As debate continues inside the Indiana capitol on whether to lease the
Indiana Toll Road, another bill up for consideration would allow the state’s
users of the route to claim limited income-tax credits.
“In 1956, the promise was to remove tolls when the construction bonds
were paid off,” Sen. Joe Zakas, R-Granger, the bill’s sponsor, said in a
written statement. “However, Indiana residents have bitten the bullet and paid
tolls for 50 years. This bill is a way to give some help to those Hoosiers who
pay tolls by giving them a reimbursement for that payment.”
The reimbursement bill cleared the Senate Tax and Fiscal Policy
Committee on a 7-4 vote Tuesday, Jan. 24, with amendments. The measure – SB17 – now heads to the full Senate for further consideration.
As amended, the bill would authorize those who file an Indiana
individual income tax return credits equal to half the amount of tolls paid, up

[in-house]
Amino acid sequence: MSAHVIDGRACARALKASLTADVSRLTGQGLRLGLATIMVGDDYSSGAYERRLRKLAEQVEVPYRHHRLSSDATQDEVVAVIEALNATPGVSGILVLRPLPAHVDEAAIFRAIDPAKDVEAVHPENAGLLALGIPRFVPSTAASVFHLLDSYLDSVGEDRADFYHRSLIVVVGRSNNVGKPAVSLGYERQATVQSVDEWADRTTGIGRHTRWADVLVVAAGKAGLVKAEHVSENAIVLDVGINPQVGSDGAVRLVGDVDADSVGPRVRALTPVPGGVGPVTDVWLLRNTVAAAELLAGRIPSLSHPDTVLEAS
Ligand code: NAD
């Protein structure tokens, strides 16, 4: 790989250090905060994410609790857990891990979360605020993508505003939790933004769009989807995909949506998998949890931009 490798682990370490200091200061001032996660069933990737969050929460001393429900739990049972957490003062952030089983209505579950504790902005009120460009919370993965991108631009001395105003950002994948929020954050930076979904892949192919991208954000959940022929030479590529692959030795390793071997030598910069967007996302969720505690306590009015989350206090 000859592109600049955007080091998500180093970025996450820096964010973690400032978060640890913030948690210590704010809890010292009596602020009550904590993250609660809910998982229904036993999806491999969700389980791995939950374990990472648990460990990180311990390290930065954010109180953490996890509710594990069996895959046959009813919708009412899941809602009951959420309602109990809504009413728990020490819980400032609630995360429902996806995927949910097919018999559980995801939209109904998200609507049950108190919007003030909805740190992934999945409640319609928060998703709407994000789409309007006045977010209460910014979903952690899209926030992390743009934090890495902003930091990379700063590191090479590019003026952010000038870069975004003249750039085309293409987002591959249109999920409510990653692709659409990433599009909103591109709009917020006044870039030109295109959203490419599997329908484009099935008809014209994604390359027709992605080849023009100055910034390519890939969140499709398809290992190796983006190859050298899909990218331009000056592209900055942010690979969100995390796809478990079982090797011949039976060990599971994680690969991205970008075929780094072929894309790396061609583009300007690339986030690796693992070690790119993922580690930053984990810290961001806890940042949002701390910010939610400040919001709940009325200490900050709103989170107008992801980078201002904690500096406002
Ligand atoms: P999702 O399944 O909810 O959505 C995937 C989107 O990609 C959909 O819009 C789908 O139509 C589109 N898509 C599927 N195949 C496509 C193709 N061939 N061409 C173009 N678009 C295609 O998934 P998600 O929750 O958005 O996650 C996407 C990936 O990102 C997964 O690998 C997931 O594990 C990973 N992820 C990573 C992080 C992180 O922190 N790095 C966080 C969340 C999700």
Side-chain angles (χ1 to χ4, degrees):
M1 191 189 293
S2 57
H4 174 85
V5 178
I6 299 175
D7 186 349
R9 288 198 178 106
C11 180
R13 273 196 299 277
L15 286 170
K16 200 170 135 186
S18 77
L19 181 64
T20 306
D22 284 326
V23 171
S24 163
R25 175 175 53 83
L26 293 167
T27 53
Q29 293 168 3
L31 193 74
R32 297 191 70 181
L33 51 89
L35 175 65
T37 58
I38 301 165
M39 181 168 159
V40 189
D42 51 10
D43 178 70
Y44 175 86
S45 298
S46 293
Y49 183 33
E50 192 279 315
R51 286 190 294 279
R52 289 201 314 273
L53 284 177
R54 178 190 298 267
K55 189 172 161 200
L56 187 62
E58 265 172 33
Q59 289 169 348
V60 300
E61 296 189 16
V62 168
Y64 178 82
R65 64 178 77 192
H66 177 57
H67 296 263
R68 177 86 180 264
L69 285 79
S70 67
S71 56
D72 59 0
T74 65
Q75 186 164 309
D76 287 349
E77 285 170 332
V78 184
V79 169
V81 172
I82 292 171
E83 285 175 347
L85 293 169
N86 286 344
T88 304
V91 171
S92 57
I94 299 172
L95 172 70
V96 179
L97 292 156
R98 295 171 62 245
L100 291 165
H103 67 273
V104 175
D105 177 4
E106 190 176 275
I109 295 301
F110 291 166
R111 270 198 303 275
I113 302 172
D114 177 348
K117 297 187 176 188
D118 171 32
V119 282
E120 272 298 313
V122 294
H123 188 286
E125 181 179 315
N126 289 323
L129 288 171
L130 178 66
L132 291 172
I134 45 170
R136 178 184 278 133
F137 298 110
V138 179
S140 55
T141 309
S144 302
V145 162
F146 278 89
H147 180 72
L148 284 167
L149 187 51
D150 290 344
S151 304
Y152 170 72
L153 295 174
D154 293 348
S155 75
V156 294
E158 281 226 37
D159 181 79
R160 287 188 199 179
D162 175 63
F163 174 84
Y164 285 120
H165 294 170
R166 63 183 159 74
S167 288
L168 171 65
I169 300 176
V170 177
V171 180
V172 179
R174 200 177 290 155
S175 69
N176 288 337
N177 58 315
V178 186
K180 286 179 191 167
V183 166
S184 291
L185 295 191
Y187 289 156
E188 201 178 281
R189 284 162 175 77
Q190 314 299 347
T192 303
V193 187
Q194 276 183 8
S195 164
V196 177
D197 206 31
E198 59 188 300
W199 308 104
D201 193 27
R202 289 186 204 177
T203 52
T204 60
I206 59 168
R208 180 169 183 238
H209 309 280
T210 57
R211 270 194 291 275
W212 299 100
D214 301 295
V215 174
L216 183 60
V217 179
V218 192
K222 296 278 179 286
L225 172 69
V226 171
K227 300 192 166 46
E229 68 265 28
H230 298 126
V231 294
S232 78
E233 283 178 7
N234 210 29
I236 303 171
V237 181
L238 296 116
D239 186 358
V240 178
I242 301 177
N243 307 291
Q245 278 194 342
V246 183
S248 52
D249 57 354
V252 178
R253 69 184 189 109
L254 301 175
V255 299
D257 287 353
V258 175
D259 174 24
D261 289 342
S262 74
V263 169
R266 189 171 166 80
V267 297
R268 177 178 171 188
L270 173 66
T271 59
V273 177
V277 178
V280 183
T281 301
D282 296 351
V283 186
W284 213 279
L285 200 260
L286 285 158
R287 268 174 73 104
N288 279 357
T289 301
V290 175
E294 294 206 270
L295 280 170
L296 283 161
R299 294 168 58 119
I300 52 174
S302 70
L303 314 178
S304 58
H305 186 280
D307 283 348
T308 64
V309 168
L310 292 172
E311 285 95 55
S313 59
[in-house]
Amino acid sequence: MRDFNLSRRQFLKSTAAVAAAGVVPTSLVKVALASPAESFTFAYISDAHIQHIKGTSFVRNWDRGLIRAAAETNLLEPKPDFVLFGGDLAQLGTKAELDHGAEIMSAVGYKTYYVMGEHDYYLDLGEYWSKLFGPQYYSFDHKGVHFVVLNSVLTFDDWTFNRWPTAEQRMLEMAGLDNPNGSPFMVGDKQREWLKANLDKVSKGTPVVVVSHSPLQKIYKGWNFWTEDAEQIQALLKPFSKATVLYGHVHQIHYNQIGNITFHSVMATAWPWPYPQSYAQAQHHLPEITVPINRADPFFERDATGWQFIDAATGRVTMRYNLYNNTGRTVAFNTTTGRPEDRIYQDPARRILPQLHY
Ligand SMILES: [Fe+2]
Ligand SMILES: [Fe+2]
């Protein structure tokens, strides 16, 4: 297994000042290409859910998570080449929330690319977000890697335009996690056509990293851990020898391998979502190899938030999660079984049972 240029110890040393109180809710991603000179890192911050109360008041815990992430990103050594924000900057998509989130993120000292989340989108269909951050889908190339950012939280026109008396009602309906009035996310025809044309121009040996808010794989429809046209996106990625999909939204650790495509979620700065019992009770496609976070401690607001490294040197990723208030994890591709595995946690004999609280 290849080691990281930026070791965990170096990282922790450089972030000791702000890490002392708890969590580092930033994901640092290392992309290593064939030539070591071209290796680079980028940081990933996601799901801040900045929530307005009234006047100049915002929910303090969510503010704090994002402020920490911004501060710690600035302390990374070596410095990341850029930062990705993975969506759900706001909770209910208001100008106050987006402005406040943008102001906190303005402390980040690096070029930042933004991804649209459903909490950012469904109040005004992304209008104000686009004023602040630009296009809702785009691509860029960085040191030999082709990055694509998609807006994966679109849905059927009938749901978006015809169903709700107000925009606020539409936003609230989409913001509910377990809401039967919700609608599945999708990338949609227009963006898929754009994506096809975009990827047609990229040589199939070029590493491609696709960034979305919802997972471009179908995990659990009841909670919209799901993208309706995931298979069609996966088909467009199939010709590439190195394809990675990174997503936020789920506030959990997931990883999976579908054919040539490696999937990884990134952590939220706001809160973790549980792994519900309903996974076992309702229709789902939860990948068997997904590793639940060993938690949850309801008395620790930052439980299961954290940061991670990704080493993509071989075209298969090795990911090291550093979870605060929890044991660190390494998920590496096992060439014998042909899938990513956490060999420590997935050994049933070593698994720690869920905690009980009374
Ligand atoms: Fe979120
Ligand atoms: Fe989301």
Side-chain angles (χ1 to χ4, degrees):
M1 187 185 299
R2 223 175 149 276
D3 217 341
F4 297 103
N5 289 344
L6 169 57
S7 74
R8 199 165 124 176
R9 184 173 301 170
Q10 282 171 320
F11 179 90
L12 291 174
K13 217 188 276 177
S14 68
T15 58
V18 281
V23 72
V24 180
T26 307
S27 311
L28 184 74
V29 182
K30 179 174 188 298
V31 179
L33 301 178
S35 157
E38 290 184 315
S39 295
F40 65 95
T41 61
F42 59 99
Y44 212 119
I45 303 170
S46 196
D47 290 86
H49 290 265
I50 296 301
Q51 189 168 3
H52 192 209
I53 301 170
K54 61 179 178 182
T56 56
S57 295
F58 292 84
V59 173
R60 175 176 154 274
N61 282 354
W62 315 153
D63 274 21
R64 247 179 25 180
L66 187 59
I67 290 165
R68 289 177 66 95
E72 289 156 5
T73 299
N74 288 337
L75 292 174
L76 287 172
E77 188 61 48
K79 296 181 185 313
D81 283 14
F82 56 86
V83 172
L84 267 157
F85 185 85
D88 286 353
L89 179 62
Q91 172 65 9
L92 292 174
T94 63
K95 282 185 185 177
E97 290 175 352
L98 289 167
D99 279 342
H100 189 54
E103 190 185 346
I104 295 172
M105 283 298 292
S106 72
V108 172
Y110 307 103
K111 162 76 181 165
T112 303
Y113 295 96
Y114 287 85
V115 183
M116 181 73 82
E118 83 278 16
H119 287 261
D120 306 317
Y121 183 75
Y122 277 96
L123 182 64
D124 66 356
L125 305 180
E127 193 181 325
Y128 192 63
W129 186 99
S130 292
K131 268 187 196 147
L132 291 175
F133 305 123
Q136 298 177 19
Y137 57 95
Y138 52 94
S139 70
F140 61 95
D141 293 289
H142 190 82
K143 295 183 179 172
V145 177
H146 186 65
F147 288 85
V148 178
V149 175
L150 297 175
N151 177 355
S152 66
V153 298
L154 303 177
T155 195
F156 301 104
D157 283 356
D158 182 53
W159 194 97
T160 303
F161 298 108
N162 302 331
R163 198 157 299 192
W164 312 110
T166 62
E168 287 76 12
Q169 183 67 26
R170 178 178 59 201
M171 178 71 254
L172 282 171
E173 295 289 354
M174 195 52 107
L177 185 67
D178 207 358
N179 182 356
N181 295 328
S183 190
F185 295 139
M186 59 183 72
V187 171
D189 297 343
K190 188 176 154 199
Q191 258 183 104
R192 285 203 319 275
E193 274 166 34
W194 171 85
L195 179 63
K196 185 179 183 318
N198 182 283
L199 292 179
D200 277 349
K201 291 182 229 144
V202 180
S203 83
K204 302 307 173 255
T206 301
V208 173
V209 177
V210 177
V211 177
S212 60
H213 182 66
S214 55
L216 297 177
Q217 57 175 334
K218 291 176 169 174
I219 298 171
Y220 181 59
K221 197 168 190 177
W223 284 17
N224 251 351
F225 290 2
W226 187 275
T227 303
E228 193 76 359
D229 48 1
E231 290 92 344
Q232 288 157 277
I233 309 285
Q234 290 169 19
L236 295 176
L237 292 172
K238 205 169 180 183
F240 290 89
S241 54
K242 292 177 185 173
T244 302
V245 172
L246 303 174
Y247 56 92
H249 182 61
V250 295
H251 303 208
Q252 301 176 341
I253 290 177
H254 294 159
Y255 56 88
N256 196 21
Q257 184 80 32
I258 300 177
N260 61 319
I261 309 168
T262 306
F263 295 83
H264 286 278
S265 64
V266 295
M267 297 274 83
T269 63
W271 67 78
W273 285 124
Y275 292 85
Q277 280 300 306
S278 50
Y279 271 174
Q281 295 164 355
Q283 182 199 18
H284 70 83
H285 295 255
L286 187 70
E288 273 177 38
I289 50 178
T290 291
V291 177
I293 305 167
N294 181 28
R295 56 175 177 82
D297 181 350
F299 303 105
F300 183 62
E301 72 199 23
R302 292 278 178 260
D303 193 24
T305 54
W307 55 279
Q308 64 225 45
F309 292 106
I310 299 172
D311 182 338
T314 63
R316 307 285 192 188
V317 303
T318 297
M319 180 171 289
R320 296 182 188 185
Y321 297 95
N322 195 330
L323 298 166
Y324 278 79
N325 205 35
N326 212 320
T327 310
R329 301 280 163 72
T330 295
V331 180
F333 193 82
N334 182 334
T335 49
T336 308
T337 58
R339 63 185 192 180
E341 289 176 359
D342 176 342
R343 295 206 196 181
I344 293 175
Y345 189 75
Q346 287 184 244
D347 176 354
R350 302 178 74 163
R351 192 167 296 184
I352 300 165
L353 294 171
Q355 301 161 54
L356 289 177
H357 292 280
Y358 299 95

to a maximum annual credit of $300. Toll road users would have to incur at
least $600 in annual tolls to claim the maximum credit.
According to a fiscal analysis of the bill, the tax credits would cost
the state between $3 million and $4.5 million in toll revenue annually.
Jay Kenworthy, deputy communications director for the Senate Majority
Caucus, told Land Line certain Indiana
truckers would be eligible for tax credits.
“If a small-business carrier claims his small business expenses on his
individual income tax credit, he would qualify,” Kenworthy said.
Todd Spencer, executive vice president of the Owner-Operator
Independent Drivers Association, said more needs to be done.
“Clearly this particular provision is designed to boost support from
users of the Indiana Toll Road and make the (proposed leasing) more attractive
to those communities in districts that run along the corridor.
“We don’t have a problem with that. But we’re concerned with the
discriminatory aspects of this bill. It illustrates how the logic goes on these
kinds of things. Lawmakers think the perfect tax or fee is one that somebody
else pays. We don’t.”
– By Keith Goble, state legislative editor